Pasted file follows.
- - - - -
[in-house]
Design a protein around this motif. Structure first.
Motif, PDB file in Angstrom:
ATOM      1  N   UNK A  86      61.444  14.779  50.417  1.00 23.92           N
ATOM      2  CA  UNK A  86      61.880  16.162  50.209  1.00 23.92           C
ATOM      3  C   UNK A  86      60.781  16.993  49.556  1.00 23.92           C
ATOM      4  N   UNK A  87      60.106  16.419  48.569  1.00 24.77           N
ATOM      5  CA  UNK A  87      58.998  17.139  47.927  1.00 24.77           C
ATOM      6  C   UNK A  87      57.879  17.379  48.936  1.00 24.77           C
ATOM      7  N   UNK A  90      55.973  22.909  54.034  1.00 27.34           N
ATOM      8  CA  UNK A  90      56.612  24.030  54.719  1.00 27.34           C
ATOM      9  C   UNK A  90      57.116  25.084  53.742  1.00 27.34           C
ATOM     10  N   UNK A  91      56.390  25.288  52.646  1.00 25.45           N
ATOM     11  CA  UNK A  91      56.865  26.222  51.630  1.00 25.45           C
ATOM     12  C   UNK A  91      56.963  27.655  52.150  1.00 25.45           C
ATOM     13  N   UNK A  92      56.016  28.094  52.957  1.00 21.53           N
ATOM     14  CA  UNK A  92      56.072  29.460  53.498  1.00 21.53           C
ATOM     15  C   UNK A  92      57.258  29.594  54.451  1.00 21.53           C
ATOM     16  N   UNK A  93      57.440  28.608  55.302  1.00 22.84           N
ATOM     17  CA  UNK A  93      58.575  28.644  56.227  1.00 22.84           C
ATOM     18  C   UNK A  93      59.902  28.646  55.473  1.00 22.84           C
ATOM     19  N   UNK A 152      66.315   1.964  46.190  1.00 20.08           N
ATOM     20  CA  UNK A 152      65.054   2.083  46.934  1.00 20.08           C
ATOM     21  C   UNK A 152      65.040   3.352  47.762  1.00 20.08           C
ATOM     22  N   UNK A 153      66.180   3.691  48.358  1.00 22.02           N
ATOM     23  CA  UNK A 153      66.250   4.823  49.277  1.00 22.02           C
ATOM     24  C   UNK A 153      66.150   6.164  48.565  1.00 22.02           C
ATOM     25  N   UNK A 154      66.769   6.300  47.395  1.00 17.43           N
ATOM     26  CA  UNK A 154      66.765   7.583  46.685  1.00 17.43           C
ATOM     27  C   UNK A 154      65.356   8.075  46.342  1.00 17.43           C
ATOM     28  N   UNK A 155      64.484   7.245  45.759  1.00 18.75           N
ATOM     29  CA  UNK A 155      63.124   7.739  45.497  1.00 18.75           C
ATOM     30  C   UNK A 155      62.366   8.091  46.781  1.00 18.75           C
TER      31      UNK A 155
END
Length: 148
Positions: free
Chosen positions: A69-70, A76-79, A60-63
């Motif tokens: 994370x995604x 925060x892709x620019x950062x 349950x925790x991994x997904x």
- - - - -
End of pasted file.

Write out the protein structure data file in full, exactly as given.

[in-house]
Design a protein around this motif. Structure first.
Motif, PDB file in Angstrom:
ATOM      1  N   UNK A  86      61.444  14.779  50.417  1.00 23.92           N
ATOM      2  CA  UNK A  86      61.880  16.162  50.209  1.00 23.92           C
ATOM      3  C   UNK A  86      60.781  16.993  49.556  1.00 23.92           C
ATOM      4  N   UNK A  87      60.106  16.419  48.569  1.00 24.77           N
ATOM      5  CA  UNK A  87      58.998  17.139  47.927  1.00 24.77           C
ATOM      6  C   UNK A  87      57.879  17.379  48.936  1.00 24.77           C
ATOM      7  N   UNK A  90      55.973  22.909  54.034  1.00 27.34           N
ATOM      8  CA  UNK A  90      56.612  24.030  54.719  1.00 27.34           C
ATOM      9  C   UNK A  90      57.116  25.084  53.742  1.00 27.34           C
ATOM     10  N   UNK A  91      56.390  25.288  52.646  1.00 25.45           N
ATOM     11  CA  UNK A  91      56.865  26.222  51.630  1.00 25.45           C
ATOM     12  C   UNK A  91      56.963  27.655  52.150  1.00 25.45           C
ATOM     13  N   UNK A  92      56.016  28.094  52.957  1.00 21.53           N
ATOM     14  CA  UNK A  92      56.072  29.460  53.498  1.00 21.53           C
ATOM     15  C   UNK A  92      57.258  29.594  54.451  1.00 21.53           C
ATOM     16  N   UNK A  93      57.440  28.608  55.302  1.00 22.84           N
ATOM     17  CA  UNK A  93      58.575  28.644  56.227  1.00 22.84           C
ATOM     18  C   UNK A  93      59.902  28.646  55.473  1.00 22.84           C
ATOM     19  N   UNK A 152      66.315   1.964  46.190  1.00 20.08           N
ATOM     20  CA  UNK A 152      65.054   2.083  46.934  1.00 20.08           C
ATOM     21  C   UNK A 152      65.040   3.352  47.762  1.00 20.08           C
ATOM     22  N   UNK A 153      66.180   3.691  48.358  1.00 22.02           N
ATOM     23  CA  UNK A 153      66.250   4.823  49.277  1.00 22.02           C
ATOM     24  C   UNK A 153      66.150   6.164  48.565  1.00 22.02           C
ATOM     25  N   UNK A 154      66.769   6.300  47.395  1.00 17.43           N
ATOM     26  CA  UNK A 154      66.765   7.583  46.685  1.00 17.43           C
ATOM     27  C   UNK A 154      65.356   8.075  46.342  1.00 17.43           C
ATOM     28  N   UNK A 155      64.484   7.245  45.759  1.00 18.75           N
ATOM     29  CA  UNK A 155      63.124   7.739  45.497  1.00 18.75           C
ATOM     30  C   UNK A 155      62.366   8.091  46.781  1.00 18.75           C
TER      31      UNK A 155
END
Length: 148
Positions: free
Chosen positions: A69-70, A76-79, A60-63
């Motif tokens: 994370x995604x 925060x892709x620019x950062x 349950x925790x991994x997904x």